Distracted by the pain in her knee caused by the injury to her MCL from the Christmas tournament two months before, Caroline hadn’t noticed the building hurt in her lower leg and ankle, running along the back muscle of her calf. “It was a pretty gradual injury and pretty rare as well,” Caroline says. The pain “was not awful” but was starting to throb. There was no precise instance in which the injury flared up, no dramatic moment where Caroline fell to the ground, the referee stopped play, and her career was over. Instead, the movement of her tibilias posterior (the most central of the lower leg’s muscles, allowing for the plantar flexion and inversion of the foot) slowly became restricted, like a rubber band stretched to the point of losing elasticity. The match against Agnew would be her last before she discovered that, in her own words, “essentially the middle of my posterior tib tendon was turning into a bone.”
Despite the beginnings of calcific posterior tibial tendonitis hardening in her, inhibiting her use of the lower leg’s key stabilizing muscle, she played on. “She doesn’t often make mistakes,” Isabella affirms, smiling at the thought of practices gone by. “She had a great cross court kill shot that beat me every time.” Described as a fast-paced, consistent player, Caroline first picked up a racket in 5th grade sports camp. After helping lead her high school back home in Connecticut, the all-girls Greenwich Academy, to three national championships in 2008, 2009, and 2010, she joined the Princeton squad under coach Gail Ramsay.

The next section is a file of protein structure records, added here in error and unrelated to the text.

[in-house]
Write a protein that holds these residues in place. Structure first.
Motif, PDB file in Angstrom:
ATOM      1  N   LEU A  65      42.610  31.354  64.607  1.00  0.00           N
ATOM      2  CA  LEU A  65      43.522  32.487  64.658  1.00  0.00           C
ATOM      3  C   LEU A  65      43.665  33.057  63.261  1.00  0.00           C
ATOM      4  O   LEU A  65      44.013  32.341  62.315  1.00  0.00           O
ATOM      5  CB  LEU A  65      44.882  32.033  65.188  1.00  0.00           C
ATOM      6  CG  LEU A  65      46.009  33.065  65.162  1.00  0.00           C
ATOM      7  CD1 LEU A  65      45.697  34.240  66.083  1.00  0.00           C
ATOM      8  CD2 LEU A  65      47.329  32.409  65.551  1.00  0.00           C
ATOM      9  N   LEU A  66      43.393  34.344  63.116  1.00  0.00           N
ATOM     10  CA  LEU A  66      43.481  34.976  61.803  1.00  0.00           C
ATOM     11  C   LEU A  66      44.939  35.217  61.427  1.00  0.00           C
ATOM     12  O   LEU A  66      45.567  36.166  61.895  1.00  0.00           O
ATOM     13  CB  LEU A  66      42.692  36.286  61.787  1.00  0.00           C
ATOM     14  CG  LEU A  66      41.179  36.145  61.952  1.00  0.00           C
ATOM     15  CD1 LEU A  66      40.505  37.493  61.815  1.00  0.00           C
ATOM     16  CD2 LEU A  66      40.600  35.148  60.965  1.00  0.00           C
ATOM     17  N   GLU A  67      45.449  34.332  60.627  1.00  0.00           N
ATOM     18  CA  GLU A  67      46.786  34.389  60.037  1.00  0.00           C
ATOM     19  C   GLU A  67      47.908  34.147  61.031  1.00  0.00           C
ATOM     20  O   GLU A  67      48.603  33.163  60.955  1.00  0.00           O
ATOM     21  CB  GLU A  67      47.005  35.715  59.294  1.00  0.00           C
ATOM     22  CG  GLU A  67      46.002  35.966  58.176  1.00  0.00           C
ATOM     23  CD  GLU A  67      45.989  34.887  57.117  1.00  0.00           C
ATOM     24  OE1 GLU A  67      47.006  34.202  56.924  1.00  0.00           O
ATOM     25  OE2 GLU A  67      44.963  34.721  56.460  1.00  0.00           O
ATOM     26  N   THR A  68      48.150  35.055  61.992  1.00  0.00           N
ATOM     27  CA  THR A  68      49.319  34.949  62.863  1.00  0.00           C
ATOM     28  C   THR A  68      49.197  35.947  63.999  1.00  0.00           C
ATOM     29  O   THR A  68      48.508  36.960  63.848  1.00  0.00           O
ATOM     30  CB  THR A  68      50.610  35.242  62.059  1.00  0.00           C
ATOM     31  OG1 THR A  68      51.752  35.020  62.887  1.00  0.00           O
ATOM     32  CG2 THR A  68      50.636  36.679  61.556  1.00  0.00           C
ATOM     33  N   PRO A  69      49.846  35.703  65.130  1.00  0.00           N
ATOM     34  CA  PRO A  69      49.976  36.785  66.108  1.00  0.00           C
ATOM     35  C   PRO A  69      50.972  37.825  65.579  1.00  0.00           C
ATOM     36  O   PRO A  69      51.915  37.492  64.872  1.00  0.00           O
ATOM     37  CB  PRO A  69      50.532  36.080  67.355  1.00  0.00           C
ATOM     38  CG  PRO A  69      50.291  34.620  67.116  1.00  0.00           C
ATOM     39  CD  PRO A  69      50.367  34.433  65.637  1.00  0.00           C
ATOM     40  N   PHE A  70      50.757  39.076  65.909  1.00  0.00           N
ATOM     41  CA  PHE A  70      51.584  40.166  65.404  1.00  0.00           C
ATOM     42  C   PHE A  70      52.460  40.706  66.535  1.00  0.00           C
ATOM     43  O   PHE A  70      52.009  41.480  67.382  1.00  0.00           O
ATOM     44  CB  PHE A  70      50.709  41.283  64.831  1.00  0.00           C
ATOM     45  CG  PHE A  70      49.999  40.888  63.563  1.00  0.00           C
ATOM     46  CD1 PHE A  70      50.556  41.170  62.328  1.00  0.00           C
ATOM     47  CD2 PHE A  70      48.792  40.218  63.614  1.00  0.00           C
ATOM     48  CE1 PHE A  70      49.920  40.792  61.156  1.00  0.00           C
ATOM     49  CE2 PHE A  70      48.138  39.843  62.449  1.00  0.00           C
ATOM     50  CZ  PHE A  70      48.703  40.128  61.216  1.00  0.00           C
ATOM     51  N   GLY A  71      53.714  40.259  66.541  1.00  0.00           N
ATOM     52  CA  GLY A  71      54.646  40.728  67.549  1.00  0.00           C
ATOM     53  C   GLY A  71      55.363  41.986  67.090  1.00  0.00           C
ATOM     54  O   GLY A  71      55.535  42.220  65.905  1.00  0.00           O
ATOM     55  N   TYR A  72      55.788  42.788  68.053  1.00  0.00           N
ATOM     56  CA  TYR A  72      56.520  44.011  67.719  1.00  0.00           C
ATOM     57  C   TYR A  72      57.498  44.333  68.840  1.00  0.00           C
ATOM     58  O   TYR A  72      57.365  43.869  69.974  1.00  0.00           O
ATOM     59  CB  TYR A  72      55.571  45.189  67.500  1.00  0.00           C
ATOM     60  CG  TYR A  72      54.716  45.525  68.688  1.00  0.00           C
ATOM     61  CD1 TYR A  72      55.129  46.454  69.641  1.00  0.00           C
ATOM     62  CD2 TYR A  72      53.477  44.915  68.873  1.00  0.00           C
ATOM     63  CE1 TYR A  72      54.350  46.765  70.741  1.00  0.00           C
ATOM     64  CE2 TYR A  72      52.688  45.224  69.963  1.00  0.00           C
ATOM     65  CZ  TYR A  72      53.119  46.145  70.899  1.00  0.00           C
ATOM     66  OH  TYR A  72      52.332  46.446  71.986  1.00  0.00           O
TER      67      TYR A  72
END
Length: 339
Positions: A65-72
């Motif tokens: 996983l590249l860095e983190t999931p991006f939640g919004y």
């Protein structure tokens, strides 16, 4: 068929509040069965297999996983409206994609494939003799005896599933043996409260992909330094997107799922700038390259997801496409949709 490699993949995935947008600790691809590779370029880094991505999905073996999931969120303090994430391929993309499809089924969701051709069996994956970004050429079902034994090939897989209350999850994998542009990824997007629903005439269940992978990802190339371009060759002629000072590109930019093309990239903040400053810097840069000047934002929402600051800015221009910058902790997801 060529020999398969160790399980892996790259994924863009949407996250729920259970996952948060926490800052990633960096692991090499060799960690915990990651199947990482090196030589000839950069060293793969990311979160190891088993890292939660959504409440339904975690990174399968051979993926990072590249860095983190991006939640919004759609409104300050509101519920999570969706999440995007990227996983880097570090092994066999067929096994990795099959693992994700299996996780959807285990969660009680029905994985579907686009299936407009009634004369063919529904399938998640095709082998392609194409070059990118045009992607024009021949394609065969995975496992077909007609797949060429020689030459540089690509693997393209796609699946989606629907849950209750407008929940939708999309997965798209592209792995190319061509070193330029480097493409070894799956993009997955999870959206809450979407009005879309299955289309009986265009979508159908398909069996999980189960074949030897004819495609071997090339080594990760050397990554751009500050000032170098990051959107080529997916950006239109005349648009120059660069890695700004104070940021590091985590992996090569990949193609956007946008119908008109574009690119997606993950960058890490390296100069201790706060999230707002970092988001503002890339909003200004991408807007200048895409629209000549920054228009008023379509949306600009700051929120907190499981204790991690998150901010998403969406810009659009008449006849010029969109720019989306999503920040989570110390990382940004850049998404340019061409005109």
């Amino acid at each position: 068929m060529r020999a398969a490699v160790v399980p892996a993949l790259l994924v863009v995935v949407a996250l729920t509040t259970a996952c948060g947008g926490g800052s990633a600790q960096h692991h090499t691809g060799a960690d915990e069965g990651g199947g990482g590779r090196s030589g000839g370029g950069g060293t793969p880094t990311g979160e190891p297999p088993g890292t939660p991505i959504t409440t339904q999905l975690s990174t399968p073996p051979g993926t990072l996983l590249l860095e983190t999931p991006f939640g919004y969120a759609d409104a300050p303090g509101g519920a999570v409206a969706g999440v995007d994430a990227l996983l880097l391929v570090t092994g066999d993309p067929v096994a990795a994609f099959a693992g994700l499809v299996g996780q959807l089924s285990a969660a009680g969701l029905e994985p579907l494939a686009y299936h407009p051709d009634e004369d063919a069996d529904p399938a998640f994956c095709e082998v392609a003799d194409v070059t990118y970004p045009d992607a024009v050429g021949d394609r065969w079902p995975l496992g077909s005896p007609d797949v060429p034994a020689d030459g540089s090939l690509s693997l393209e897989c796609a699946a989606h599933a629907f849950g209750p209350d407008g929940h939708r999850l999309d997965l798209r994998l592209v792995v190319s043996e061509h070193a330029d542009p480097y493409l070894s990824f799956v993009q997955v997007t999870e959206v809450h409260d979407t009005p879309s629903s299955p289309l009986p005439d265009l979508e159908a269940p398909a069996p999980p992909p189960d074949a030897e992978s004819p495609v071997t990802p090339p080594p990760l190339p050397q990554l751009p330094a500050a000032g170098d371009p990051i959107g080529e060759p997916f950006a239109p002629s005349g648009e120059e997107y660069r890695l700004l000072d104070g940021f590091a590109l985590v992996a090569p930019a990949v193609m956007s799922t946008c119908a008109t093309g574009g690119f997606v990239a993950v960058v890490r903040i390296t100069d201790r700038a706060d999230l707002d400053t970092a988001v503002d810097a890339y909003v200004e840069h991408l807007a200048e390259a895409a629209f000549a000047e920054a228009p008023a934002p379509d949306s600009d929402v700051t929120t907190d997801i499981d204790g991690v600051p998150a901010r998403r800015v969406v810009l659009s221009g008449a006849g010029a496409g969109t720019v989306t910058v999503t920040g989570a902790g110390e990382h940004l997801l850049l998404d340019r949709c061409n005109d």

She is known as the sassy one on the team, the girl who sends the funniest emails and who isn’t afraid to talk smack. Isabella smirks. “Yeah, I loved playing her because I like to do a little trash talking before a match, and she always reciprocated. Not many other girls on the team do, because they’re much more serious.” She is 21 and studying history, specifically American history, and is thankful that her parents always introduced her and her siblings (including a sister who swims at Columbia and a little brother who also plays squash) to a wide variety of activities.
Caroline lost to Agnew in three straight games: 11-3, 11-4, and a last, hard effort ending in 11-9. Though the Tigers had taken the Ivy League championship that year and beaten Penn nine games in a row during their meeting during the season, Penn defeated Princeton as a team that February afternoon, 7-2. After the match, Caroline stepped off the court and headed out into the cold for the drive home. She hasn’t played since.